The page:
And speaking of debts, in these matters and many others, we are at the mercy of the fine print. What is that stuff, and does it really do what it says it does? We’re talking boilerplate here.
2. Boilerplate This is the prefab language in a contract or other document, such as a lease or credit-card agreement. Boilerplate is useful because it deals with many routine matters and avoids the need to reinvent the wheel for routine transactions. But when it is unfair, or when it is so vague or unreadable that a consumer would not know what it means, the courts are likely to find the agreement invalid.
Landlords, credit-card companies, and other business that use pre-printed forms may try to make the tenant or consumer comply with boilerplate, but some boilerplate is so excessive that it amounts to fraud. So if your car lease specifies that you have to pay the company’s attorney fees if you sue them, you can probably ignore that. Go ahead and sue if you think you have a good case. Then ask the court to throw out that clause in the contract.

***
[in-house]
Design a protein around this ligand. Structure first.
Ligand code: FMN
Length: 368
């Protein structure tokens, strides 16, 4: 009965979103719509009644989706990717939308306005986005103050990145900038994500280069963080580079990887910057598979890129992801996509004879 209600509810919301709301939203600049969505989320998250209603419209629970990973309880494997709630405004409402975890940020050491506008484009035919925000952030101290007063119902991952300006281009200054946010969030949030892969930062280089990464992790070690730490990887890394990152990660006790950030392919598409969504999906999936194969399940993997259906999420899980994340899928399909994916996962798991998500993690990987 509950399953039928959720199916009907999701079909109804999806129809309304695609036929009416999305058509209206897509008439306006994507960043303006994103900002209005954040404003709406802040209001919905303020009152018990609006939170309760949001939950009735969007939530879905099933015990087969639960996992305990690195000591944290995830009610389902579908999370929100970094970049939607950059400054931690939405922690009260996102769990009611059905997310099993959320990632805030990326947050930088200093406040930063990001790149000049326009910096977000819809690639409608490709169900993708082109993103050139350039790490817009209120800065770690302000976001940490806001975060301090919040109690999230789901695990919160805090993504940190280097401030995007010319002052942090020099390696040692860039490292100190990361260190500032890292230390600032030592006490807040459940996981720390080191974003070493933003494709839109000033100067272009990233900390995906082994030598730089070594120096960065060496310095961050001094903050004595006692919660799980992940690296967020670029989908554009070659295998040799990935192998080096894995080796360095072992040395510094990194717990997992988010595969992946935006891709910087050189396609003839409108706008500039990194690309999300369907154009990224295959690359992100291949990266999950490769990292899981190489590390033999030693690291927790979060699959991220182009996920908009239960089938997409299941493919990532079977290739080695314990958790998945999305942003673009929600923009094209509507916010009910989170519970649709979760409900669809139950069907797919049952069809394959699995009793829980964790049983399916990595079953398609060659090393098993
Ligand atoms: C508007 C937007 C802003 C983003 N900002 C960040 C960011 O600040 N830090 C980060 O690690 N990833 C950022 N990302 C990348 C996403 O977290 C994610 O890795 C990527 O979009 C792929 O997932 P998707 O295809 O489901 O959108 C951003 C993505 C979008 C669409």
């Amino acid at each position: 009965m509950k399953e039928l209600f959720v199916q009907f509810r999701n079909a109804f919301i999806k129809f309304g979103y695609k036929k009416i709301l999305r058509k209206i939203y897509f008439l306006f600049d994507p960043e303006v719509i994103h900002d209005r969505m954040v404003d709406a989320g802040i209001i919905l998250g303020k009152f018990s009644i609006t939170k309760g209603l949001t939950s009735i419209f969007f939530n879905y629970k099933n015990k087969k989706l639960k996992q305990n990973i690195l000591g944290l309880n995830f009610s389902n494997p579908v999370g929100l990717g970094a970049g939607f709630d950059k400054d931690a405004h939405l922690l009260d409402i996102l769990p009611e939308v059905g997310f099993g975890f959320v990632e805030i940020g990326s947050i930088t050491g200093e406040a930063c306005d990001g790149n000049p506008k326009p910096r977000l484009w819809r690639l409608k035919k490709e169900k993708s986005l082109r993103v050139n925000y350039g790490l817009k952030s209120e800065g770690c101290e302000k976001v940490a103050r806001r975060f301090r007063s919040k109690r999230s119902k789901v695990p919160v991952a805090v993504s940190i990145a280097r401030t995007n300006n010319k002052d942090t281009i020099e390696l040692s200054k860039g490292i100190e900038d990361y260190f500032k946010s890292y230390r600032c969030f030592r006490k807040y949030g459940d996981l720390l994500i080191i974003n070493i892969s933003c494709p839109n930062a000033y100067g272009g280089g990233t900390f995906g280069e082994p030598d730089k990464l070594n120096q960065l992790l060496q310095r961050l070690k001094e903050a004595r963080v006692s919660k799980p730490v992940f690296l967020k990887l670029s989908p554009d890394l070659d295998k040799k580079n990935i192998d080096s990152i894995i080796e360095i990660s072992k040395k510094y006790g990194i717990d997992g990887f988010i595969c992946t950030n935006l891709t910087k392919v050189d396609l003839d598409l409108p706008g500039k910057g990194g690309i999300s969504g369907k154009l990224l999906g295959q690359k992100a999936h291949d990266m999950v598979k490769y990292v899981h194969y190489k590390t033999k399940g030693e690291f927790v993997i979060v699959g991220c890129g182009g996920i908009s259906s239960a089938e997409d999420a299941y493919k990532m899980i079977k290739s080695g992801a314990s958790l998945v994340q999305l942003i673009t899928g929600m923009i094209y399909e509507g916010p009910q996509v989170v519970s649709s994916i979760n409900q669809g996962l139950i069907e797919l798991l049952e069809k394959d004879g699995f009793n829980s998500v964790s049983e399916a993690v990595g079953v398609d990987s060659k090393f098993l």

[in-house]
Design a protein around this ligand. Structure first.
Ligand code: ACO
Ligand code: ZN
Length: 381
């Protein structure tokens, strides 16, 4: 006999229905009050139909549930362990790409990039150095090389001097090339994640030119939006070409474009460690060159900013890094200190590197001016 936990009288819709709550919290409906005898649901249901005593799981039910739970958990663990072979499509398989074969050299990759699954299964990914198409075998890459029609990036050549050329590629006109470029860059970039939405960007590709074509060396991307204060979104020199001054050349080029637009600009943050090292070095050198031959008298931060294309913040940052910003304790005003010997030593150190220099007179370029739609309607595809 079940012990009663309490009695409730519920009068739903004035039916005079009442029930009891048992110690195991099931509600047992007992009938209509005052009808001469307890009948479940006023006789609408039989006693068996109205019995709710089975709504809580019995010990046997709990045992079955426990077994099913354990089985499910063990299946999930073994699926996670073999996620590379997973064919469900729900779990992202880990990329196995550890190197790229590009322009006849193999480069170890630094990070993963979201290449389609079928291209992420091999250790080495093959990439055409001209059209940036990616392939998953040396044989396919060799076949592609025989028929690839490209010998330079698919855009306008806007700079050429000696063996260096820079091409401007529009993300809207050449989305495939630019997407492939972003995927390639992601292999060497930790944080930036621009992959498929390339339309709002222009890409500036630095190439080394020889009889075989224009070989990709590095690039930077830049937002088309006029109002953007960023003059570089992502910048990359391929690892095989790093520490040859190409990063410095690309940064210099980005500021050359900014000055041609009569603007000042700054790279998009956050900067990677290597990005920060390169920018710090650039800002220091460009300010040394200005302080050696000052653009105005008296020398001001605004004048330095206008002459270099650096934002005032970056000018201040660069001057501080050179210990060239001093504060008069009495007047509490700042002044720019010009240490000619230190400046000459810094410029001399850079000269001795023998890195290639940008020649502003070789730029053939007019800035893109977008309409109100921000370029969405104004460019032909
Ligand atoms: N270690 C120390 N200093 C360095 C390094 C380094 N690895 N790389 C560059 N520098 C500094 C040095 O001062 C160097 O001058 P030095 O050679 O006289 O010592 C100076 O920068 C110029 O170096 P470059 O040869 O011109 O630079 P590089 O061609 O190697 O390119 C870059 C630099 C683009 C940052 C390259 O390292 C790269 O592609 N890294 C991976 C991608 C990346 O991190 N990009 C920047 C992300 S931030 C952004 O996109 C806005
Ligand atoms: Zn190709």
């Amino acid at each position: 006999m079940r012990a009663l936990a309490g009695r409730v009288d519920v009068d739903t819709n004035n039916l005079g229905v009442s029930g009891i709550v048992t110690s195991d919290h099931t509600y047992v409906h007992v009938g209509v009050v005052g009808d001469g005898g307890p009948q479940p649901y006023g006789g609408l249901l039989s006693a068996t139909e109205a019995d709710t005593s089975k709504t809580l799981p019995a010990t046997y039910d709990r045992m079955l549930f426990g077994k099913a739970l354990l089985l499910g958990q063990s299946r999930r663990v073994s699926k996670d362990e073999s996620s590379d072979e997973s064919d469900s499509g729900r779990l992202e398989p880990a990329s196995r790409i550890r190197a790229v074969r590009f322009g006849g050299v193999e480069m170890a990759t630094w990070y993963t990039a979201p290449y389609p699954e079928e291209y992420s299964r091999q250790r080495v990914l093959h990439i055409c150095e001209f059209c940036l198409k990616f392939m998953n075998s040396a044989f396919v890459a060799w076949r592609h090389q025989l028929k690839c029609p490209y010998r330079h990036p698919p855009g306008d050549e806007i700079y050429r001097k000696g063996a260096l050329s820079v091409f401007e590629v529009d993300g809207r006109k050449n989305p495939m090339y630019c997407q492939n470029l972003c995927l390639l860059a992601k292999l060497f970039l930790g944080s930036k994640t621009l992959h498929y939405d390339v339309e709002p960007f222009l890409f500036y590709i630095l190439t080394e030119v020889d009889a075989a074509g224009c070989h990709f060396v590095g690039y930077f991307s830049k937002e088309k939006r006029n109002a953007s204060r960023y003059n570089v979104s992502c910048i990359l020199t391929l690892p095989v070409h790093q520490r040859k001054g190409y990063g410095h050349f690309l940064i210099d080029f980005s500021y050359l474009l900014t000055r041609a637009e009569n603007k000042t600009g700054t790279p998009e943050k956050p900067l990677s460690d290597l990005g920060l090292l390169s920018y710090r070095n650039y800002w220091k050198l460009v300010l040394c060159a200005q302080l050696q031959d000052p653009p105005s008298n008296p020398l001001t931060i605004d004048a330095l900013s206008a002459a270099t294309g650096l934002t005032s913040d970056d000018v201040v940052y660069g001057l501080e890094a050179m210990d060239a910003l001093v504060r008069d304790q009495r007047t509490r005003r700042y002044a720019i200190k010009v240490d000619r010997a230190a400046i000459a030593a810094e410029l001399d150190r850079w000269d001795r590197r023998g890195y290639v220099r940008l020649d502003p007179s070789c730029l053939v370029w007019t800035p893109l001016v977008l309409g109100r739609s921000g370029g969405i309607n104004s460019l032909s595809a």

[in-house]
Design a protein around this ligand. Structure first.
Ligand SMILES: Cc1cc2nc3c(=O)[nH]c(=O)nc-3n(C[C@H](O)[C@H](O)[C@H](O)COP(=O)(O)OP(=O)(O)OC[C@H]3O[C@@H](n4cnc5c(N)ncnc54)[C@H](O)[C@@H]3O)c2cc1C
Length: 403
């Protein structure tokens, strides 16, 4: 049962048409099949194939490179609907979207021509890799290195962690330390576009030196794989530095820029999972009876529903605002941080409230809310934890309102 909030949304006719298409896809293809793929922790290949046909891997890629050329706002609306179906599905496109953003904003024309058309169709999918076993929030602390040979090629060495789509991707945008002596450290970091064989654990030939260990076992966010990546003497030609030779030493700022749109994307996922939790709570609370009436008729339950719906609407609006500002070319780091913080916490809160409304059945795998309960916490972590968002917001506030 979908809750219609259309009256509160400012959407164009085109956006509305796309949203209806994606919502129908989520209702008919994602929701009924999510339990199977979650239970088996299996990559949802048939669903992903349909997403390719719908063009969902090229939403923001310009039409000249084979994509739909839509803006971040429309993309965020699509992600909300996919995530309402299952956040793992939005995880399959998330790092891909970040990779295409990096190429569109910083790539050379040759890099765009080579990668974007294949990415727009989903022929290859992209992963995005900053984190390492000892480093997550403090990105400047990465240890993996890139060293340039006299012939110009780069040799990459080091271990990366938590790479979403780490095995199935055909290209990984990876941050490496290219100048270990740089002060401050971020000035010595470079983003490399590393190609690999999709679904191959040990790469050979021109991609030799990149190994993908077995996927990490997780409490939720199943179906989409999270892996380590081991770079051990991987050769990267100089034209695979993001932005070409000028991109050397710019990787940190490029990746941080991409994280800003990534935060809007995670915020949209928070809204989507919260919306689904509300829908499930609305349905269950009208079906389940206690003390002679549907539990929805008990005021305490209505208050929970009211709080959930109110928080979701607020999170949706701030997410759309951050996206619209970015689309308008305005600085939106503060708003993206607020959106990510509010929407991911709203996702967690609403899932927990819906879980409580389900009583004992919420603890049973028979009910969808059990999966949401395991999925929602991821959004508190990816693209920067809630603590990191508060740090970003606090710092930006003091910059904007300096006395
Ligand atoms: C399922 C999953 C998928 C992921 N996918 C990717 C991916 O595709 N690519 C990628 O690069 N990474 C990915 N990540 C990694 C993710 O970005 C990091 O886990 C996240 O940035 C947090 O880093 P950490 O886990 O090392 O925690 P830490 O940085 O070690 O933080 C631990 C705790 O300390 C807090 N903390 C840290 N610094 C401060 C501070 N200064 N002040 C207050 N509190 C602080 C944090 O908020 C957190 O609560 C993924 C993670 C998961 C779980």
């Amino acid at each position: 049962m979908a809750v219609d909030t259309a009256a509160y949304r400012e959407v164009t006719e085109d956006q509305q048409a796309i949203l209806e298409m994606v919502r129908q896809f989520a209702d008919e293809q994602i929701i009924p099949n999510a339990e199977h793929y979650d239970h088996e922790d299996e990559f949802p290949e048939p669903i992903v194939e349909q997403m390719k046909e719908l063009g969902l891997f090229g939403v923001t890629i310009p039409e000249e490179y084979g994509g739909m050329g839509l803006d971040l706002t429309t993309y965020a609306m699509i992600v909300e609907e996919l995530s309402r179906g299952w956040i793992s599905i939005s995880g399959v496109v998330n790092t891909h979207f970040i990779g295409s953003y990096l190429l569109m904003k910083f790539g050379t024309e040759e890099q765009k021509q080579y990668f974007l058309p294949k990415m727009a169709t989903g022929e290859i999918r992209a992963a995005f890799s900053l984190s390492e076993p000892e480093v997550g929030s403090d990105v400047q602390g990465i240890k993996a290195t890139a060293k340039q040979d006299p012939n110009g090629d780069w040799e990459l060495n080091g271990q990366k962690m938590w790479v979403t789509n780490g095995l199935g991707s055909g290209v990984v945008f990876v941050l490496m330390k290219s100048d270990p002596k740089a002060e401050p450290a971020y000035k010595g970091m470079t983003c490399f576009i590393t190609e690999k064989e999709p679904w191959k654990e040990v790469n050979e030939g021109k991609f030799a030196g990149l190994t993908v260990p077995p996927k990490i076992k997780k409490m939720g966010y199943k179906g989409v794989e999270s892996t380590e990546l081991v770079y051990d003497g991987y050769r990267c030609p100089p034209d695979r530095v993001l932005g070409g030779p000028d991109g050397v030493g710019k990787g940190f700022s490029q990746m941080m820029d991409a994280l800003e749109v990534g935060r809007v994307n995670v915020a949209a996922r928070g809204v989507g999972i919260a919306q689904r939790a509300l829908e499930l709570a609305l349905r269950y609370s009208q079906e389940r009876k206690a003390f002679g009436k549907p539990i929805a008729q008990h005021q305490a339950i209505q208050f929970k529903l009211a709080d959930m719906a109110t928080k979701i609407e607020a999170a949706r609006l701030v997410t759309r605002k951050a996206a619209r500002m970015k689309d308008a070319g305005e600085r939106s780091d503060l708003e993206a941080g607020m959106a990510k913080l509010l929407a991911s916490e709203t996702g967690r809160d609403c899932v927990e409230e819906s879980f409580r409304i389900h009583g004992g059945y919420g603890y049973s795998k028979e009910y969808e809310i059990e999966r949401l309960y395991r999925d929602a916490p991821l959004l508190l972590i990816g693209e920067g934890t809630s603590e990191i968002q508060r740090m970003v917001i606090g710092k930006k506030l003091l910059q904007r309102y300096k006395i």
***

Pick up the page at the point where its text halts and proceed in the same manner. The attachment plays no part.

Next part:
Can you really believe what you read on the Internet? What about late-night infomercials or the sales pitch at the used car lot? Some of this seems too good to be true—and it is. Lawyers have a playful name for the hype. It’s called “puffery.”
3. Puffery Inflated claims about a product or service. These are statements made by sellers that no reasonable person would rely upon in assessing the quality or utility of a product or service. “Puffing” is the spewing of puffery.
In fact, these statements are so ridiculous that they don’t usually count as a warranty if the product fails to deliver on the puffed-up claims. That’s different from straight forward information about a product’s fitness for a particular purpose that you couldn’t independently verify.